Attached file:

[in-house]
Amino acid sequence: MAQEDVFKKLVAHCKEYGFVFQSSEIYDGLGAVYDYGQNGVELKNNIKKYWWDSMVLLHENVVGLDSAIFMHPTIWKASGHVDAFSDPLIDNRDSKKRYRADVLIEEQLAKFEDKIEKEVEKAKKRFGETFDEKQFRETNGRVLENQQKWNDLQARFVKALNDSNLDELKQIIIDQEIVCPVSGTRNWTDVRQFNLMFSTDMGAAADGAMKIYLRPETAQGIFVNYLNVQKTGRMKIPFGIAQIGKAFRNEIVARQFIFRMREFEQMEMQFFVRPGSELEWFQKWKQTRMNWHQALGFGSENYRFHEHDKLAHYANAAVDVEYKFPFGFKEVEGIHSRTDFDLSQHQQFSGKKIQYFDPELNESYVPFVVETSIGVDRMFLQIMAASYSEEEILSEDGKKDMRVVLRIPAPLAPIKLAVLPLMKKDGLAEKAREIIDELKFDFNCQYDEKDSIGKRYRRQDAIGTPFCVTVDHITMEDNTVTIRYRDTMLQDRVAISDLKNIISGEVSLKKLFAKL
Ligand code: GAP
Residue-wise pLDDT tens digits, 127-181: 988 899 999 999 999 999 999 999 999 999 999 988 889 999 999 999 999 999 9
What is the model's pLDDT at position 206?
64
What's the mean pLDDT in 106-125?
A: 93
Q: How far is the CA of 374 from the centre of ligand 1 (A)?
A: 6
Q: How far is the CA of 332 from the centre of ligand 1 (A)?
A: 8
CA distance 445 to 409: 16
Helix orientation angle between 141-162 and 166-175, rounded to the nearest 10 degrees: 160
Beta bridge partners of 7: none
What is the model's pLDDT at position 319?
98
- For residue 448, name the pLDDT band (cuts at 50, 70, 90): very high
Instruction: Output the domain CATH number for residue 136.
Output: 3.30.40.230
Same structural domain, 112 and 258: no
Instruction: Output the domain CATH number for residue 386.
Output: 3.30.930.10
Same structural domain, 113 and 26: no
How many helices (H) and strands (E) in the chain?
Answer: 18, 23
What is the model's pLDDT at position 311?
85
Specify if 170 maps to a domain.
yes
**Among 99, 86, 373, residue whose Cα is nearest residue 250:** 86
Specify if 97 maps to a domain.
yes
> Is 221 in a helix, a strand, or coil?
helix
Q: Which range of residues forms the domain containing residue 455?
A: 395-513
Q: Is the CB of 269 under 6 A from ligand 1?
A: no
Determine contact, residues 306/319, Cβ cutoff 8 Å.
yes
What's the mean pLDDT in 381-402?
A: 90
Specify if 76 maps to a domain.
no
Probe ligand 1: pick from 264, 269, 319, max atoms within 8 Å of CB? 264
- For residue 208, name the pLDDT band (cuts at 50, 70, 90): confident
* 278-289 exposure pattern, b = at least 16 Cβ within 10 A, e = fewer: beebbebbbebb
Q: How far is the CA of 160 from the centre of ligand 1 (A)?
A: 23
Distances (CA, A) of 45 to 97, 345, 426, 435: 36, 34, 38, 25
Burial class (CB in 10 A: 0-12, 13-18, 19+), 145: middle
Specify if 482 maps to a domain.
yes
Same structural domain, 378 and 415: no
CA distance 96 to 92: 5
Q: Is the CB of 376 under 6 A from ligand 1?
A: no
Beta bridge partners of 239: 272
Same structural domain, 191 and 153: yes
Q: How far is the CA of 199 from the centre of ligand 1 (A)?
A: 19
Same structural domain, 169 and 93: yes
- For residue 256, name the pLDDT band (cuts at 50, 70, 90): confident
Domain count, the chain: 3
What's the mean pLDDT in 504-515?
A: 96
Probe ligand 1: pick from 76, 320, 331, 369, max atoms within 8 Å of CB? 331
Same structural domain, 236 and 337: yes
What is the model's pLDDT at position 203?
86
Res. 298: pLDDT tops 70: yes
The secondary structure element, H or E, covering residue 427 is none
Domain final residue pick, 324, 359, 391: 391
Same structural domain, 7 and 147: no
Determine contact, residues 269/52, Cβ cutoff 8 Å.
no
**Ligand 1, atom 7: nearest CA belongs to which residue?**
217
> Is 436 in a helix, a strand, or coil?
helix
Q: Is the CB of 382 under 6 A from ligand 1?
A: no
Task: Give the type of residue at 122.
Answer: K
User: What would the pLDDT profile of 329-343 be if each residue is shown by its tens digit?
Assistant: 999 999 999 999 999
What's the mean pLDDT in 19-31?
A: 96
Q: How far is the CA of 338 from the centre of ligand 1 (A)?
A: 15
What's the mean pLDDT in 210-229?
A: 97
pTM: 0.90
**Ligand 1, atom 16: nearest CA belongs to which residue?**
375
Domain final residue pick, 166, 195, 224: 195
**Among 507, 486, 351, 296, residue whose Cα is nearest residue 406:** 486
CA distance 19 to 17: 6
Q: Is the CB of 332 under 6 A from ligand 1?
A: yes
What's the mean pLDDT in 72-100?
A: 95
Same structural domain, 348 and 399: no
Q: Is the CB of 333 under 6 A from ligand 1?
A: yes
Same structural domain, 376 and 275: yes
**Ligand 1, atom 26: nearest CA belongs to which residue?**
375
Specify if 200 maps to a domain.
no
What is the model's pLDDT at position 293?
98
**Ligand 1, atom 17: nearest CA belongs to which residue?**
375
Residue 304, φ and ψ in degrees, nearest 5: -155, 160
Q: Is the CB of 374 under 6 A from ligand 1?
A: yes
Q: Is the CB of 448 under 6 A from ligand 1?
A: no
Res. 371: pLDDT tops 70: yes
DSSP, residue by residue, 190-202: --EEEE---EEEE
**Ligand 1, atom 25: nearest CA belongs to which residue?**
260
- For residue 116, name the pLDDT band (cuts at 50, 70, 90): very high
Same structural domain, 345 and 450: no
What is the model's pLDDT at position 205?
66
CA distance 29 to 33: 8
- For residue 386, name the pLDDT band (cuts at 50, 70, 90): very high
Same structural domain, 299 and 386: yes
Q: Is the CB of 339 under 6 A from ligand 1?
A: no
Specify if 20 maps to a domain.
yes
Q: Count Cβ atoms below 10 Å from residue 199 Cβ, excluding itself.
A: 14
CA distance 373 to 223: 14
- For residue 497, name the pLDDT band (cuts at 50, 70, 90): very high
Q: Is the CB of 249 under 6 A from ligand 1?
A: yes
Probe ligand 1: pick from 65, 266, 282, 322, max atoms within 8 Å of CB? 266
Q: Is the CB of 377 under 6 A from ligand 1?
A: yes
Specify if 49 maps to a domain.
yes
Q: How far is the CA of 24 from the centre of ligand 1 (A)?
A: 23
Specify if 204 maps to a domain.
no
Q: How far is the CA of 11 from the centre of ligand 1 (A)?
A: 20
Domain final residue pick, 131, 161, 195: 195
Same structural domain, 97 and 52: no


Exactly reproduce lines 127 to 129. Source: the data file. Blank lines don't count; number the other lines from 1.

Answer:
What is the model's pLDDT at position 205?
66
CA distance 29 to 33: 8